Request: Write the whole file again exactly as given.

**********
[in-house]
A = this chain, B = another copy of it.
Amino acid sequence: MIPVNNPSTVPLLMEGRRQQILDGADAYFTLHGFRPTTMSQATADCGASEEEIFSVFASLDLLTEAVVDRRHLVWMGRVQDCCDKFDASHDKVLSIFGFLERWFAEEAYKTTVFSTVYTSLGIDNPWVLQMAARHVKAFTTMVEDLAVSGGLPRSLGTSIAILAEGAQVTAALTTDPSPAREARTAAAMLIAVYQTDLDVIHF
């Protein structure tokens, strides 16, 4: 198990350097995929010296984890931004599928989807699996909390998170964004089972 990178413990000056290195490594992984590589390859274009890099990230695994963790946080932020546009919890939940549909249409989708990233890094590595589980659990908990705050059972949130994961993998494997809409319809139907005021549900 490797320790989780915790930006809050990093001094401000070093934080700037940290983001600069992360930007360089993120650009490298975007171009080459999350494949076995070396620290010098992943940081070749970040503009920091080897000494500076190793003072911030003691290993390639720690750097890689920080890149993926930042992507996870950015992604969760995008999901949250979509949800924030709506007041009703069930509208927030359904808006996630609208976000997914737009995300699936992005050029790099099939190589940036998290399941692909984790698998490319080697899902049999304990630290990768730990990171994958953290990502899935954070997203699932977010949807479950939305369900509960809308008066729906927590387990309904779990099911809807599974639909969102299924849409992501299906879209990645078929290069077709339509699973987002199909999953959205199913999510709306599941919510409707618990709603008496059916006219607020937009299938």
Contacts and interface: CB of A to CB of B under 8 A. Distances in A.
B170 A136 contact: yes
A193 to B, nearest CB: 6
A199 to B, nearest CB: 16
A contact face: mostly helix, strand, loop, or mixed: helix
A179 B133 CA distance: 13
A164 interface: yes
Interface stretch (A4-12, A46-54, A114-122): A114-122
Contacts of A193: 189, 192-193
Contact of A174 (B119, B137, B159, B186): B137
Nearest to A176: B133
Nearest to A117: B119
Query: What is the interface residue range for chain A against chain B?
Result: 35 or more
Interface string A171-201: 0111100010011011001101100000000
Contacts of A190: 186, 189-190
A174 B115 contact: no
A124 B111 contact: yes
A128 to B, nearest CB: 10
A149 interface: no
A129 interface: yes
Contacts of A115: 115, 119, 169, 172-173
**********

[in-house]
A = this chain, B = another copy of it.
Amino acid sequence: MIPVNNPSTVPLLMEGRRQQILDGADAYFTLHGFRPTTMSQATADCGASEEEIFSVFASLDLLTEAVVDRRHLVWMGRVQDCCDKFDASHDKVLSIFGFLERWFAEEAYKTTVFSTVYTSLGIDNPWVLQMAARHVKAFTTMVEDLAVSGGLPRSLGTSIAILAEGAQVTAALTTDPSPAREARTAAAMLIAVYQTDLDVIHF
């Protein structure tokens, strides 16, 4: 198990350097995929010296984890931004599928989807699996909390998170964004089972 990178413990000056290195490594992984590589390859274009890099990230695994963790946080932020546009919890939940549909249409989708990233890094590595589980659990908990705050059972949130994961993998494997809409319809139907005021549900 490797320790989780915790930006809050990093001094401000070093934080700037940290983001600069992360930007360089993120650009490298975007171009080459999350494949076995070396620290010098992943940081070749970040503009920091080897000494500076190793003072911030003691290993390639720690750097890689920080890149993926930042992507996870950015992604969760995008999901949250979509949800924030709506007041009703069930509208927030359904808006996630609208976000997914737009995300699936992005050029790099099939190589940036998290399941692909984790698998490319080697899902049999304990630290990768730990990171994958953290990502899935954070997203699932977010949807479950939305369900509960809308008066729906927590387990309904779990099911809807599974639909969102299924849409992501299906879209990645078929290069077709339509699973987002199909999953959205199913999510709306599941919510409707618990709603008496059916006219607020937009299938």
Contacts and interface: CB of A to CB of B under 8 A. Distances in A.
B170 A136 contact: yes
A193 to B, nearest CB: 6
A199 to B, nearest CB: 16
A contact face: mostly helix, strand, loop, or mixed: helix
A179 B133 CA distance: 13
A164 interface: yes
Interface stretch (A4-12, A46-54, A114-122): A114-122
Contacts of A193: 189, 192-193
Contact of A174 (B119, B137, B159, B186): B137
Nearest to A176: B133
Nearest to A117: B119
Query: What is the interface residue range for chain A against chain B?
Result: 35 or more
Interface string A171-201: 0111100010011011001101100000000
Contacts of A190: 186, 189-190
A174 B115 contact: no
A124 B111 contact: yes
A128 to B, nearest CB: 10
A149 interface: no
A129 interface: yes
Contacts of A115: 115, 119, 169, 172-173